21 November 2006


by Matt Rubinstein at 6:10 am

whoops.jpgIt feels like everyone around here smokes. In fact only 26% of men and 23% of women in the United Kingdom are regular smokers, compared to 19% and 16% in Australia—and to 42% and 24% in developed countries and 48% and 12% worldwide. But there sure feels like a lot more smoke around than there is back home.

Part of the reason is that in England, at least, you can still smoke in any cafe, restaurant or pub. There might be a couple of non-smoking tables, but especially in winter these places are pretty airtight and there’s always a fog of smoke reaching almost to the floor. It takes some getting used to after Sydney, where smoking has been banned in restaurants since 2000 and is being whittled away in pubs ahead of a full ban next year—and plus where there’s a bit more fresh air generally. Scotland and Ireland have implemented their ban and England and Wales will go the same way in the middle of next year, so maybe everyone’s just smoking up a storm while they still can.

So I’m sitting in a cafe watching everyone happily smoking away and I notice that all the cigarette packets have those “SMOKING KILLS” warning labels on them. As you know, these and similar government-mandated frighteners have been getting more dire and widespread for many years now, and some have to be vastly more effective than others. The nasty colour photos of lungs and gangrene we have in Australia must work better than text alone; similar ones in Canada are said to have made a difference, and the UK is introducing its own “hard-hitting pictures” next year.

But I suspect that if pictures work it’s not really because they remind smokers what they’re doing to their bodies; it’s simply because they’re gross. Smoking is widely perceived as cool, and everyone knows that thumbing your nose at danger is also cool. That guy with a “SMOKING KILLS” pack feels good about taking it out and leaving it on the table. And it has to be the same with almost all the other warnings, no matter how detailed. The only one that I think stands a chance is the one that says “Smoking may reduce the blood flow and cause impotence”—you don’t see that one lying around nearly as much.

But if the warnings are going to work, they need to be even more direct—and more shameful—than that. They need to take away smoking’s cool, and they can’t be restricted to things science tells us are true: that’s never going to work. They should say, in big letters and on every panel, “I’VE GOT HERPES” or “MY ARSE IS ENORMOUS”. The National Health Service is on the right track with its “fags make girls ugly” and “~ boys impotent” campaigns (the latter pictured, and you can see a TV spot <a href="http://www.youtube order levitra online cheap.com/watch?v=6biz85fUv04″>here), but these things need to be right there on the packs: “I’M A CRAP LAY” on the Virginia Slims and “I LIKE COCK” on the Marlboros. Photos shouldn’t be of stroke-affected brains but of running sores or even Goatse—then we’d be able to moblog anywhere.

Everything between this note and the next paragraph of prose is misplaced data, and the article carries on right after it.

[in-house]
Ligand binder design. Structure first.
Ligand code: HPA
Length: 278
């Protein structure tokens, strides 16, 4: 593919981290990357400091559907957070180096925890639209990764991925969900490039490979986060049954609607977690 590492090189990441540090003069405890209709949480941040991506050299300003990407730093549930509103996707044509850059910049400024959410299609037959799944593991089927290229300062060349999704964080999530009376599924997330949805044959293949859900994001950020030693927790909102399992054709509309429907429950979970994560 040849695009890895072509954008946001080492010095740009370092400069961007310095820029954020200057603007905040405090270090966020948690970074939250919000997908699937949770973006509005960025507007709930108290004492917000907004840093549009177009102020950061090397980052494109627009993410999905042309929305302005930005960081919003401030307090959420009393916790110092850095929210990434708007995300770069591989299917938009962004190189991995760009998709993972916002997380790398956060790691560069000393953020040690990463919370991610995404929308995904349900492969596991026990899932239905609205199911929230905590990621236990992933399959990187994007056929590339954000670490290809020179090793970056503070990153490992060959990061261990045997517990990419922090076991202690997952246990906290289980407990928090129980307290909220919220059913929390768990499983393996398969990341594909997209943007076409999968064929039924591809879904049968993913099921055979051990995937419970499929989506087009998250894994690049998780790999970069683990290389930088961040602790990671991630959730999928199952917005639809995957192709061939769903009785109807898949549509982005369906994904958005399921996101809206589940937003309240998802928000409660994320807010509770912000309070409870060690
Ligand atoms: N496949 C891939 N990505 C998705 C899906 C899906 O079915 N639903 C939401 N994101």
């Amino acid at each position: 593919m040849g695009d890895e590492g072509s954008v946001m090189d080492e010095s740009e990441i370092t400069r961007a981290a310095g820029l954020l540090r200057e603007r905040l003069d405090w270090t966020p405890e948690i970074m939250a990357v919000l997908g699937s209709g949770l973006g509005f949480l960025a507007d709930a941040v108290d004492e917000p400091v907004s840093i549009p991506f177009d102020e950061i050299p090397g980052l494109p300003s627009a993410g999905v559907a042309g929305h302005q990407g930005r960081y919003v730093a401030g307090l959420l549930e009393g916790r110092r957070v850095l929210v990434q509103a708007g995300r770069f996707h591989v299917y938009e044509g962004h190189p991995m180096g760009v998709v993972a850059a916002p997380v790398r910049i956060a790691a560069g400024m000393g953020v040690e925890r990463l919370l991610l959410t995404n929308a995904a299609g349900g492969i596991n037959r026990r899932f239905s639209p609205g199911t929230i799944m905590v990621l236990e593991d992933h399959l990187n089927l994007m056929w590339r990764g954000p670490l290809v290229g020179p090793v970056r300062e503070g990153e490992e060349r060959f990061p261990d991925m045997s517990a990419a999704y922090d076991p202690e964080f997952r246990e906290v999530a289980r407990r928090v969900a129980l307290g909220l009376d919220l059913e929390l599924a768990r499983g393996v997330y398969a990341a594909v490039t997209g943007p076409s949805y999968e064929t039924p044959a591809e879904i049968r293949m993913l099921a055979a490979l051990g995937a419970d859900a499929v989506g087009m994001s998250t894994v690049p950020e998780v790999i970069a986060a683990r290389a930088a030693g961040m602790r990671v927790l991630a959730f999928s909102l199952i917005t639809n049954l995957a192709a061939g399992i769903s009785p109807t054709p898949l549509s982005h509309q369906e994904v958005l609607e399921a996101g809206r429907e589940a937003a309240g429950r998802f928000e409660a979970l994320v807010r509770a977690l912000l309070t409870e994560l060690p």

11 November 2006


by Matt Rubinstein at 11:04 pm

The good thing about the US election result isn’t that anything’s going to change soon: even if the Democrats had any discernible legislative agenda, and a mandate to enact it (rather than a mandate just to not be Republicans), the President still has his veto power and–probably more importantly–his infamous signing statements, which purport to reserve the right to interpret new laws however the Prez sees fit, which knowing what a respecter of plain English and other institutions the guy in the big chair at the moment is… Plus if the President does it, that means it’s legal, and other neo-Nixonian horrors.

No, the good thing is that it suggests that Americans were paying attention after all. It did look for a while like they weren’t, and that they were spooked enough by the threat of terrorism or still comfortable enough in the propped-up economy that they’d let the administration get away with pretty much anything. No doubt that apparent indifference contributed to the government’s arrogance and encouraged it to treat its citizens and the Constitution with the same contempt. But enough now seems to be enough.

It’s hard to say what made the difference. Certainly things have been going badly in Iraq for a long time now. They may be getting worse, but not catastrophically so: they were pretty bad to start with. Maybe it’s just that the US is a big country; it can’t just turn on a dime, it has to lumber on for a while before you notice anything’s happened. But the Midterms suggest that even if people aren’t kicking up an immediate fuss, they still might be changing their minds about you. I hope that lesson isn’t lost on everyone who’s left.

6 November 2006

Why Cambridge is preposterous

by Matt Rubinstein at 12:42 am

stjohns.jpgI have received a couple of inquiries—the blogger’s equivalent of the phone ringing off the hook—about my recent throwaway that the venerable university town of Cambridge is preposterous.